Politics & Government

Senate Democratic trouble with Harry?

Senate Majority Leader Harry Reid (D-Nev.), October 16, 2013, in Washington, D.C.
Senate Majority Leader Harry Reid (D-Nev.), October 16, 2013, in Washington, D.C. MCT

Senate Majority Leader Harry Reid, D-Nev., is used to being a boogeyman on the campaign trail – comes with the territory of being in the congressional leadership.

But from some of his fellow Democratic senators?

On the stump and in debates, some members of Reid’s Democratic caucus have implied that they might not support him as majority leader – if Republicans don’t take over the Senate – or as minority when Congress returns in January.

Reid’s office dismisses the talk as campaign talk.

‘Sen. Reid is going to remain majority leader,’ Adam Jentleson, a Reid spokesman said Tuesday. ‘We will hold on to the majority, but he will be the caucus leader in any scenario.’

Sen. Mary Landrieu, D-La., who’s in a tough re-election fight, was the latest Democrat to publicly pour lukewarm water on Reid as leader. In a debate Monday night, she wouldn’t commit to supporting him.

Months ago, Landrieu said she doesn’t agree with Reid on everything but would support him if he ran for leader again.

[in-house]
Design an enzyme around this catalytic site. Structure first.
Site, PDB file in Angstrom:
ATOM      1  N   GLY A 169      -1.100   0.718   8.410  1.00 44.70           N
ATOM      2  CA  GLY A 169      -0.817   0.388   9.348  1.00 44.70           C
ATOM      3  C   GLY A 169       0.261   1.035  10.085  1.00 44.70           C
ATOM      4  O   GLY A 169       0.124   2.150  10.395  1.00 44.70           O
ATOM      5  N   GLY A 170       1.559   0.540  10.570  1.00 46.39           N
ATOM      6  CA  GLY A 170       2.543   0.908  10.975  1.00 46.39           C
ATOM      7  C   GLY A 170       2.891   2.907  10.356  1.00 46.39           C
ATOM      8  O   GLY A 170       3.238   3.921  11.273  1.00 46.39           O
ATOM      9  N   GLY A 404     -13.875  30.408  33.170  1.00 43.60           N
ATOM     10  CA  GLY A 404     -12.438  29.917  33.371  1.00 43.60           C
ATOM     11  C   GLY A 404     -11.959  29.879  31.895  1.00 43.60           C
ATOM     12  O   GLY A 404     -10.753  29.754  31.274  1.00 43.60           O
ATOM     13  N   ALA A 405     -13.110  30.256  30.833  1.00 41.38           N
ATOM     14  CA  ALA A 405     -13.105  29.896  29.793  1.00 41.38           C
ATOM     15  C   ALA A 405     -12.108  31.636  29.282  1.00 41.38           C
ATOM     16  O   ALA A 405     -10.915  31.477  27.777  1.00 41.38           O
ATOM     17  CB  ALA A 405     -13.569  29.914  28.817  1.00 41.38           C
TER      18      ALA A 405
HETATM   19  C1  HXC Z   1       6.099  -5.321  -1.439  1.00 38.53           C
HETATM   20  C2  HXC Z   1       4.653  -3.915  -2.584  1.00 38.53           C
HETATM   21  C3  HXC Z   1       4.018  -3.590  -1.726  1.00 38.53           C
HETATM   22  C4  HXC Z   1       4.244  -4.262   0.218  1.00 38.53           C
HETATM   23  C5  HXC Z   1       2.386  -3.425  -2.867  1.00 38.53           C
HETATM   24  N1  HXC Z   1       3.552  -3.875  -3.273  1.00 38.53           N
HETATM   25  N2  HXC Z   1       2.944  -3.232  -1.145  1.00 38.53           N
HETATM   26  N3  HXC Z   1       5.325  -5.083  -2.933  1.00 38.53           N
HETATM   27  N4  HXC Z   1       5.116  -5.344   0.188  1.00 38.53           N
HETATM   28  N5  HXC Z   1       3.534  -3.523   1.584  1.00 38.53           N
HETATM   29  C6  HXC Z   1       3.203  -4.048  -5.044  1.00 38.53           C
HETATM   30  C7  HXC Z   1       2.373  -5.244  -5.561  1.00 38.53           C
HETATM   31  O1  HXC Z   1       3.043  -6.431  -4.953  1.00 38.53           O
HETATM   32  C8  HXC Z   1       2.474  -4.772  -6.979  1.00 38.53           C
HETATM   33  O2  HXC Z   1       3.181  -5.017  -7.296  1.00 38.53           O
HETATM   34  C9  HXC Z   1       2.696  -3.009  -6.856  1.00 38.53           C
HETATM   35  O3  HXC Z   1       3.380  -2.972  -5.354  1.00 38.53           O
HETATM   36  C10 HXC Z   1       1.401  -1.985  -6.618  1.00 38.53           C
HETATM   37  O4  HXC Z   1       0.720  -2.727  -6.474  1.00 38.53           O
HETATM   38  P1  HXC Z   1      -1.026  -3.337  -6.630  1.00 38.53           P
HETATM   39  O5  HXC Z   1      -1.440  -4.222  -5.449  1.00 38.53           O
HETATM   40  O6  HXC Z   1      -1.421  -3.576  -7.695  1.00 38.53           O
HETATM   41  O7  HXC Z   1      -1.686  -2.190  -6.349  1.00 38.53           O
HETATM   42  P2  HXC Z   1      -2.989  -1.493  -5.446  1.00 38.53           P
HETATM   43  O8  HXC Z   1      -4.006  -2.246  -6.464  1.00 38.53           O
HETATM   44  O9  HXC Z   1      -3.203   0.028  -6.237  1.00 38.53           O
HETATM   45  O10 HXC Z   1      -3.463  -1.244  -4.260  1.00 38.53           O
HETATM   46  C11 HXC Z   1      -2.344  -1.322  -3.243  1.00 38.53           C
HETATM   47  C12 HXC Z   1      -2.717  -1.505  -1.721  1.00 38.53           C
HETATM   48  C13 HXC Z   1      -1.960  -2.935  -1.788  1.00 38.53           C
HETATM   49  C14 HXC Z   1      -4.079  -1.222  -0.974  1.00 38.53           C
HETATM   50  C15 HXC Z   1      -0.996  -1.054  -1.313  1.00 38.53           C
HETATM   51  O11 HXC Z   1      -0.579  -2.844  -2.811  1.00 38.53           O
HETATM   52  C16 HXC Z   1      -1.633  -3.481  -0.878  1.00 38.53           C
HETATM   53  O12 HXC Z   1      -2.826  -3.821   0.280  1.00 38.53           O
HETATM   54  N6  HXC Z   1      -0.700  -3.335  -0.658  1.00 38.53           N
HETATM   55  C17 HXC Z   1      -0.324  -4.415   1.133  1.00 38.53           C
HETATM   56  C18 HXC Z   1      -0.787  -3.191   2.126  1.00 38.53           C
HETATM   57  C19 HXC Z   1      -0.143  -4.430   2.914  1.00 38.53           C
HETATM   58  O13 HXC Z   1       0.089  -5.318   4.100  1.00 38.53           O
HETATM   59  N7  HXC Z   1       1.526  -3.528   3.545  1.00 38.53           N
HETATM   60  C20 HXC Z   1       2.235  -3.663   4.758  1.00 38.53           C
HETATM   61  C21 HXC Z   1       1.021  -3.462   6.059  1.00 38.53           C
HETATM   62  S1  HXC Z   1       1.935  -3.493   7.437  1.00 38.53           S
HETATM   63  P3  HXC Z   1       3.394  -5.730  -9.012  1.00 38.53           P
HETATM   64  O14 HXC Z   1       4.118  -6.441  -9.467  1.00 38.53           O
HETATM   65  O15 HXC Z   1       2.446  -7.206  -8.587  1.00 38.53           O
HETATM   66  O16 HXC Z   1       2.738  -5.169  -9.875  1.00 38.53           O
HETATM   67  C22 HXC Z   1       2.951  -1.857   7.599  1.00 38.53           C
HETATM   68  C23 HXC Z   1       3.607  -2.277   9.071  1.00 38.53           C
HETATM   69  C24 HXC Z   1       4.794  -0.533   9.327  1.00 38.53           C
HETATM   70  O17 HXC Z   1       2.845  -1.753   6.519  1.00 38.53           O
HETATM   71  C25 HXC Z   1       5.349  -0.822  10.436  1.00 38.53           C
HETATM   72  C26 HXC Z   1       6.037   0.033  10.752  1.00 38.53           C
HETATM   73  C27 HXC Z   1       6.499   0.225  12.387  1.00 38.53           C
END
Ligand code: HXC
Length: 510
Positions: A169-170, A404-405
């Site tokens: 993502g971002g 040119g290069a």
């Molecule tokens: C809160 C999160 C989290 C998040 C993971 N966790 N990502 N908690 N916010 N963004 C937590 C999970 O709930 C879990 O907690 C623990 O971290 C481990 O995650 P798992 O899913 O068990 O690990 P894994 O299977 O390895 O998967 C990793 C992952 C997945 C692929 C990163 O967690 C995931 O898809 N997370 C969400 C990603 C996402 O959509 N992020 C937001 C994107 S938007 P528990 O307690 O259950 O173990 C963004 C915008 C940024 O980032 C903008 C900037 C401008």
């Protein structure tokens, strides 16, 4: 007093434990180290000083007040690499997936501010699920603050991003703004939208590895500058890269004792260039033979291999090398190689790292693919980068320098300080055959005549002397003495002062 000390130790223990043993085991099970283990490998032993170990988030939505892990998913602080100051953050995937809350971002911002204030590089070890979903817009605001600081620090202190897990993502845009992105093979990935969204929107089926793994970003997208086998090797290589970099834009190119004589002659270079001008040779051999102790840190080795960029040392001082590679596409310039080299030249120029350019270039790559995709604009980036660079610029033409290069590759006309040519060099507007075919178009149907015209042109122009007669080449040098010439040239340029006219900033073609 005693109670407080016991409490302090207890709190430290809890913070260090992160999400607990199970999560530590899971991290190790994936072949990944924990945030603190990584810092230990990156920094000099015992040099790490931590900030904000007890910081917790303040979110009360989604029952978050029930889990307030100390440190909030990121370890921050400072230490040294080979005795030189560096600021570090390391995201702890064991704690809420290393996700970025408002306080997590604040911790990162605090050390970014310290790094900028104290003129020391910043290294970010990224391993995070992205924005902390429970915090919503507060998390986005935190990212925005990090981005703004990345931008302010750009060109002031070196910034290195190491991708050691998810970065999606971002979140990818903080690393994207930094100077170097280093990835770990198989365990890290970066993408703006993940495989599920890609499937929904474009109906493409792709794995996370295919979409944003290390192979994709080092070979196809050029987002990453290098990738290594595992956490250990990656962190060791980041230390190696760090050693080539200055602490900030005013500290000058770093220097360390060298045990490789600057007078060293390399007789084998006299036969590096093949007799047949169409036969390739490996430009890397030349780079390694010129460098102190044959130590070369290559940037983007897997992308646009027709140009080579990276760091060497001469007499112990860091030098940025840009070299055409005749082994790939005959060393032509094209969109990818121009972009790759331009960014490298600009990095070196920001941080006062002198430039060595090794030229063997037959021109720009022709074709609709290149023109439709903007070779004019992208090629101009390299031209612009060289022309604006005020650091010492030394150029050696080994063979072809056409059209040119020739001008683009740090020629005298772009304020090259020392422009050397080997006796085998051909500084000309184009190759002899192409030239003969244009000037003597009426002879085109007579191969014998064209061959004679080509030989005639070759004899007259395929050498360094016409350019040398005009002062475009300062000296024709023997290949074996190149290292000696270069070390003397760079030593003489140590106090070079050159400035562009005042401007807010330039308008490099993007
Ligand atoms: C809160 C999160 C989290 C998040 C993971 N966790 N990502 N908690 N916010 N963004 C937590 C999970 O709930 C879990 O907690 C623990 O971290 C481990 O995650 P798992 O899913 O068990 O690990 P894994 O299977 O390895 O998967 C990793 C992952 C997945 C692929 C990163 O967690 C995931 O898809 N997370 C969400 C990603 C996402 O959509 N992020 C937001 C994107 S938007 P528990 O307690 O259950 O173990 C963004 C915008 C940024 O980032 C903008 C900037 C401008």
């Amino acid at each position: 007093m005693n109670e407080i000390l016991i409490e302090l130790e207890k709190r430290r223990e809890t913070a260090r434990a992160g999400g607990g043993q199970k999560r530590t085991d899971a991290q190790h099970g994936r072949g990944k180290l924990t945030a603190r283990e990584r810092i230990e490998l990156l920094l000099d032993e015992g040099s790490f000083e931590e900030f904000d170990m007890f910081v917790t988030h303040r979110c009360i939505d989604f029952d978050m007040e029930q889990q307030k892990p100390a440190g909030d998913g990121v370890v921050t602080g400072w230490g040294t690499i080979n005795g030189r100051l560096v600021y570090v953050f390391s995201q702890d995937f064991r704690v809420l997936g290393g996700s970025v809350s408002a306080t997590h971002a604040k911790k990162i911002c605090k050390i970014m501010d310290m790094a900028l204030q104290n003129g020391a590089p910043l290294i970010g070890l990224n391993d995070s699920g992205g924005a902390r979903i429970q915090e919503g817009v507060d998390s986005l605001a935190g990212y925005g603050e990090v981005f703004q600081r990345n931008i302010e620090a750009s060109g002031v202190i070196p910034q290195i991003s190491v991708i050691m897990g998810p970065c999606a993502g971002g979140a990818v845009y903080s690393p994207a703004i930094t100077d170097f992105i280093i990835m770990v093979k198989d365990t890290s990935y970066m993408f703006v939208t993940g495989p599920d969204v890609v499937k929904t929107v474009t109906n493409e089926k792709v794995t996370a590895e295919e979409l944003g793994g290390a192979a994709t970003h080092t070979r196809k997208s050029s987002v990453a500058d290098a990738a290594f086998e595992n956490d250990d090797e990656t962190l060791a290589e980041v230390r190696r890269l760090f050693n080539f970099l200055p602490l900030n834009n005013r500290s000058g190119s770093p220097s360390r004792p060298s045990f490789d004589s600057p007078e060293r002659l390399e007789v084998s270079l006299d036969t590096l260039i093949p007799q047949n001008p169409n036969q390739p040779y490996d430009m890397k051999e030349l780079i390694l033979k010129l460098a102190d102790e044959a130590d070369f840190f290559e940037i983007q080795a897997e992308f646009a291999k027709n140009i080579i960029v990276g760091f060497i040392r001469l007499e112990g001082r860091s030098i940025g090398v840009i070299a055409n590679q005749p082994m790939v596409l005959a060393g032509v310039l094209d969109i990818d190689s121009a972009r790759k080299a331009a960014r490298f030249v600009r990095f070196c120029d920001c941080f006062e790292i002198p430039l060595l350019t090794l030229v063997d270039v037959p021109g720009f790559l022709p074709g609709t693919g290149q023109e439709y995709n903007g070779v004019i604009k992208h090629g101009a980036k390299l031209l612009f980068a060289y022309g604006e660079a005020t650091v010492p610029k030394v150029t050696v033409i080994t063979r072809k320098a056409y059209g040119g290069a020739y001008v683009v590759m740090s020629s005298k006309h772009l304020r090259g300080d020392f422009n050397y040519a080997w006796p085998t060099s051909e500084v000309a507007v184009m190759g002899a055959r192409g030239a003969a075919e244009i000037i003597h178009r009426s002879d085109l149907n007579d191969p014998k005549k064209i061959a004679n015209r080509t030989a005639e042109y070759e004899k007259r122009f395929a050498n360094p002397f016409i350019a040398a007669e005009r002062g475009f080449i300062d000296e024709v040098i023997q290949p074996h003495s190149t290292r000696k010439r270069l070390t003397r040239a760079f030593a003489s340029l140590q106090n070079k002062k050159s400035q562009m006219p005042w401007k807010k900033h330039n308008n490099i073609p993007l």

‘I said a couple of months ago that I would, but I’m going to make my decision based on what is before me and who is running,’ Landrieu said at Monday’s debate in New Orleans. ‘I think Harry Reid gets beat up more than he deserves, and I’m not saying yes, and I’m not saying no. I’m going to see what the leadership is, what the lineup is, and then make my decision.’

Sen. Jeanne Shaheen, D-N.H., who’s locked in a tight re-election race against former Republican Sen. Scott Brown, took a similar stance in a New Hampshire debate earlier this month.

‘I’m not sure who our choice will be,’ she said. ‘I’m not going to speculate on who (it should be) but I think it’s important for us to have a contest in these positions because we need to think about how we’re doing business in the Senate.’

Sen. Mark Warner, D-Va., is cruising to re-election against Republican Ed Gillespie, but that didn’t stop him from suggesting that both parties need new leaders.

Reid has told CQ Roll Call that he’s not planning on going anywhere, and Sen. Charles Schumer, D-N.Y., a member of the Senate Democratic leadership viewed as a possible successor to Reid, agreed.

‘I say that Harry Reid will run for majority leader and he will win with an overwhelming, probably very close to a majority vote,’ Schumer said last Sunday on NBC’s ‘Meet the Press.’